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How to create a new branch in Git

Kenny DuMez
Kenny DuMez
Graphite software engineer


Note

This guide explains this concept in vanilla Git. For Graphite documentation, see our CLI docs.


A branch in Git allows you to diverge from the main line of development and work on new features or fixes without affecting the main codebase. This guide provides a step-by-step approach to creating new branches in Git, covering everything from basic commands to more specific scenarios like branching from the main branch.

In Git, a branch represents an independent line of development. Branches serve as an abstraction for the edit/stage/commit process. You can think of them as a way to request a brand new working directory, staging area, and project history. New commits are recorded in the history of the current branch, which results in a fork in the history of the project.

Under the hood each branch is a lightweight, movable pointer to one of these commits. When you create a new branch, Git simply creates a new pointer; it doesn't duplicate any files or directories. Instead, Git's commit graph structure allows branches to share common history up to their point of divergence, where each branch can then record its own subsequent commits independently, effectively creating forks in the project's history without duplicating the underlying data.

First, it's a good practice to know which branch you're currently on. You can do this by using the git status command, which will also tell you if your working directory is clean.

Terminal
git status

If there are uncommitted changes, decide if you want to commit them to your current branch or leave them to commit on the new branch.

To create a new branch, use the git branch command followed by the name of the new branch. For example, to create a branch named feature-x, you would run:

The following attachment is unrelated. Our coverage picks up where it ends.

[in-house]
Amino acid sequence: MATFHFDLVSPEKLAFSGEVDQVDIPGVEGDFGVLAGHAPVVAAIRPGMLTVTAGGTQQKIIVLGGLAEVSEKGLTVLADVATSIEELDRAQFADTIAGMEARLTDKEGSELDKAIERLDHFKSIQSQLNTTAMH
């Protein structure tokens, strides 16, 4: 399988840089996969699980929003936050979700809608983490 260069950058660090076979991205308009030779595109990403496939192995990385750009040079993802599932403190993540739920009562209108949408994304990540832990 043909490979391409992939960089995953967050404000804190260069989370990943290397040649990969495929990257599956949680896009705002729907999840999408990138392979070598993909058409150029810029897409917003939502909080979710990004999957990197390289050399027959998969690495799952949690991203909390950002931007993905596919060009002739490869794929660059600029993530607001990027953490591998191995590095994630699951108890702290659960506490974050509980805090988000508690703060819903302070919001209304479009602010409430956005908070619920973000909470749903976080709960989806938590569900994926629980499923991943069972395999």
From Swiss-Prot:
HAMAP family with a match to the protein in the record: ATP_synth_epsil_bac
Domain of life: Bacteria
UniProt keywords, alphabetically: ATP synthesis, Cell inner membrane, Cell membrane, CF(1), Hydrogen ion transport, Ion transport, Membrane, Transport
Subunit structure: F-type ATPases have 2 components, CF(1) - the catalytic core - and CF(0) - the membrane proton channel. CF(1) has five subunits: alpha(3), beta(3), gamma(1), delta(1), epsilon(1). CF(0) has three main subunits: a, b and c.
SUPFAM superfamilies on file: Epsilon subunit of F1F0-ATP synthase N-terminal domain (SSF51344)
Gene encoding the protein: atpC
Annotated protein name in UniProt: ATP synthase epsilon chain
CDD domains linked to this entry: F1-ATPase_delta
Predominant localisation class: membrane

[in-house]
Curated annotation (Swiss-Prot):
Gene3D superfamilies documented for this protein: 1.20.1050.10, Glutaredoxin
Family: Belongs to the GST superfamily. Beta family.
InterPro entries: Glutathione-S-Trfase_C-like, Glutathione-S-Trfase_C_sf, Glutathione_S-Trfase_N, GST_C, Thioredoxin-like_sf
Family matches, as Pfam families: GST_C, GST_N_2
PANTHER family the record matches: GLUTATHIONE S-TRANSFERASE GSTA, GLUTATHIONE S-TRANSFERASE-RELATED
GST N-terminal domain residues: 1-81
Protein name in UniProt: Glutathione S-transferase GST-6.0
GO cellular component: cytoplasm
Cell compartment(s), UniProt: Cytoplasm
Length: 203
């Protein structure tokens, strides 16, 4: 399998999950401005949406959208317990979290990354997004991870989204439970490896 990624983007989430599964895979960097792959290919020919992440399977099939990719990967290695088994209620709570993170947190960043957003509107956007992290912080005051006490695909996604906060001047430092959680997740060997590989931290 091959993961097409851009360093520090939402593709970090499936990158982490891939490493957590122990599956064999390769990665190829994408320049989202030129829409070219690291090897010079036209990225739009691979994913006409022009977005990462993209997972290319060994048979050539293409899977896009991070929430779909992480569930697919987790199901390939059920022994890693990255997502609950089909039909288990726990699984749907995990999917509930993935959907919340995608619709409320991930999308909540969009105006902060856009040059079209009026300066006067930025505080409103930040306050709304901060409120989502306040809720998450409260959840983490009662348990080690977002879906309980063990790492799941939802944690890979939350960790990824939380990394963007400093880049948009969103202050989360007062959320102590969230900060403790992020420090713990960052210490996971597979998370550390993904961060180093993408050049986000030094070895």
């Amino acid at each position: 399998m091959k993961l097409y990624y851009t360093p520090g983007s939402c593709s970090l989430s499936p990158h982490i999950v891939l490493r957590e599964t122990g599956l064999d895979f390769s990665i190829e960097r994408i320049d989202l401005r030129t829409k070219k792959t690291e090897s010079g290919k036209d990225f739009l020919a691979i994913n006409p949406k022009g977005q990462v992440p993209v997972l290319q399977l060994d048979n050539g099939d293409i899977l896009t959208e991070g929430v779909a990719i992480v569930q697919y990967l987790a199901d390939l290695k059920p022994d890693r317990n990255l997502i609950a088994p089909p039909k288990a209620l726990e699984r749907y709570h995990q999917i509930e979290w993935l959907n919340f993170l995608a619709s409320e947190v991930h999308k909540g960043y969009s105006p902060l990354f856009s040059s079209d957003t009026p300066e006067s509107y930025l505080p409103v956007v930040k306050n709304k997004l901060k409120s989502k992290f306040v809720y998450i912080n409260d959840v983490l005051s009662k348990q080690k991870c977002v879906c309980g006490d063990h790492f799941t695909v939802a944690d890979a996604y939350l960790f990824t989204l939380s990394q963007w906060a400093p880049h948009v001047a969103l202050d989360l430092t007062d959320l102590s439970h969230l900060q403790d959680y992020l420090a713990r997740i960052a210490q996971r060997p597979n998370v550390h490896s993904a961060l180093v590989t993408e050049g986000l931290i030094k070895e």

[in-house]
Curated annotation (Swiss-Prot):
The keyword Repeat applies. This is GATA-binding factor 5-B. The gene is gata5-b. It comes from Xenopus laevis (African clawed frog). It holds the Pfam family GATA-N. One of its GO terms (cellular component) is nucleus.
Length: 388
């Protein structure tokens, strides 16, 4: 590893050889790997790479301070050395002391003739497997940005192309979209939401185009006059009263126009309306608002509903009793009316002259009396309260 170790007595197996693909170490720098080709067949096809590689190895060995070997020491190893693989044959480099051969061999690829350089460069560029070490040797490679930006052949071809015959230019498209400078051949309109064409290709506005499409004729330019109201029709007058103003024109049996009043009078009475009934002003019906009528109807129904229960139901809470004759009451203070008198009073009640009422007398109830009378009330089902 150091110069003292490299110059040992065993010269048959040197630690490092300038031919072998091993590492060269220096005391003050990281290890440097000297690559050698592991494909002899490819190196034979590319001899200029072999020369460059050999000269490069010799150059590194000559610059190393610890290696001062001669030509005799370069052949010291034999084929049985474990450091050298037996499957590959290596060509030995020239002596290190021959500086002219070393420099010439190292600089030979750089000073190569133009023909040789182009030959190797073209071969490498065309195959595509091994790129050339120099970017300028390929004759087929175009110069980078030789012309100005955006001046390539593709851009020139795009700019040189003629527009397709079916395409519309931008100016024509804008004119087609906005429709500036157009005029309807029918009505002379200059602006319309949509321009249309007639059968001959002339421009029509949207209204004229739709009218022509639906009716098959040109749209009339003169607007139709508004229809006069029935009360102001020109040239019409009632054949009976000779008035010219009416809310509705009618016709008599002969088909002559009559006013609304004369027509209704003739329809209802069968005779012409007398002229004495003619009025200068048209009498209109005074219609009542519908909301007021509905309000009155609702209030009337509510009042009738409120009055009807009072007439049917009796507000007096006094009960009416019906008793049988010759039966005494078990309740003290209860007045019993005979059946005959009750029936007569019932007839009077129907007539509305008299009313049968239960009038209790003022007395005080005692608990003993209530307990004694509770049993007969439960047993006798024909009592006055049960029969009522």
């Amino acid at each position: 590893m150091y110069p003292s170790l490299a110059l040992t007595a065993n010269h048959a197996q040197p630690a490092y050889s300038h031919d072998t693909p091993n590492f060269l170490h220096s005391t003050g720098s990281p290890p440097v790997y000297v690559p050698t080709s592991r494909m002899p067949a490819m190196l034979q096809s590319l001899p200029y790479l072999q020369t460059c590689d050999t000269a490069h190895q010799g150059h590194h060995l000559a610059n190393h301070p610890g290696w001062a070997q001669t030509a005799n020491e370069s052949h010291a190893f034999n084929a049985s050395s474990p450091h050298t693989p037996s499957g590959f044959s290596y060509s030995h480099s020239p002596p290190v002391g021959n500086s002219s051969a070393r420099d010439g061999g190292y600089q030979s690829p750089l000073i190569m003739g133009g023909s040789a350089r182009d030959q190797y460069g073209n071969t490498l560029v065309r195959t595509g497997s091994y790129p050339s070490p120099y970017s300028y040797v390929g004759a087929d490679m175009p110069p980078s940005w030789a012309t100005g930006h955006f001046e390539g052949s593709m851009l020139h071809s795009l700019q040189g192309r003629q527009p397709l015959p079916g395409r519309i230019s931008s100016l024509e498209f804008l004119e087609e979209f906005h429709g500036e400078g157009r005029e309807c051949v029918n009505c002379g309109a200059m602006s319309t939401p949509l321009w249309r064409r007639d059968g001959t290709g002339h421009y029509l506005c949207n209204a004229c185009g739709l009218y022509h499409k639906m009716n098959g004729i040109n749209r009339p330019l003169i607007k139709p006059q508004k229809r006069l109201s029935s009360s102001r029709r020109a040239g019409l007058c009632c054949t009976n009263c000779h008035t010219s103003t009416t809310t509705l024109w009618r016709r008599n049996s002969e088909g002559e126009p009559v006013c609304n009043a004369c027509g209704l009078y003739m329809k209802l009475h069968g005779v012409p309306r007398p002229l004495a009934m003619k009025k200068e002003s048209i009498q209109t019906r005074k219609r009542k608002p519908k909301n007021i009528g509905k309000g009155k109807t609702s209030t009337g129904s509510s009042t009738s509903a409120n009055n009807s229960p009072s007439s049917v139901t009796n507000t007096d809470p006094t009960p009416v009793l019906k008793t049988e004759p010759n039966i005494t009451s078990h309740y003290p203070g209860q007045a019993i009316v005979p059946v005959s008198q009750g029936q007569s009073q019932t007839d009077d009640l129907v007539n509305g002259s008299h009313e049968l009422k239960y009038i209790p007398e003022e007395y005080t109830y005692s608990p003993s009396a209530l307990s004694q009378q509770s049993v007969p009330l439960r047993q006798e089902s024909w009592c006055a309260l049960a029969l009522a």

Terminal
git branch feature-x

This command creates a new branch but does not switch to it automatically.

After creating the new branch, you need to switch to it to start working on that branch. Use the git checkout command to switch branches:

Terminal
git checkout feature-x

Alternatively, you can create and switch to the new branch in one step with:

Terminal
git checkout -b feature-x

If you need to create a new branch from a specific branch, such as the main branch, first switch to that branch, then create your new branch:

Terminal
git checkout main
git checkout -b feature-from-main

This sequence ensures that your new branch starts from the main branch, inheriting its current state.

  • Name branches clearly: Use descriptive names for your branches (e.g., feature-add-login, bugfix-header-crash), so it's clear what work is being done on each branch. See this guide on Git branch naming conventions for more information.
  • Keep branches short-lived: Merge branches back into the main branch as soon as the feature or fix is complete to avoid a more complex merge later.
  • Regularly pull changes: If your main branch is active, regularly pull changes from main to your feature branches to keep them up-to-date and minimize merge conflicts.
  • git branch <branch-name>: Creates a new branch.
  • git checkout <branch-name>: Switches to the specified branch.
  • git checkout -b <branch-name>: Creates a new branch and switches to it.
  • git checkout main: Switches to the main branch.

For further reading on creating new branches in Git see the official Git documentation.

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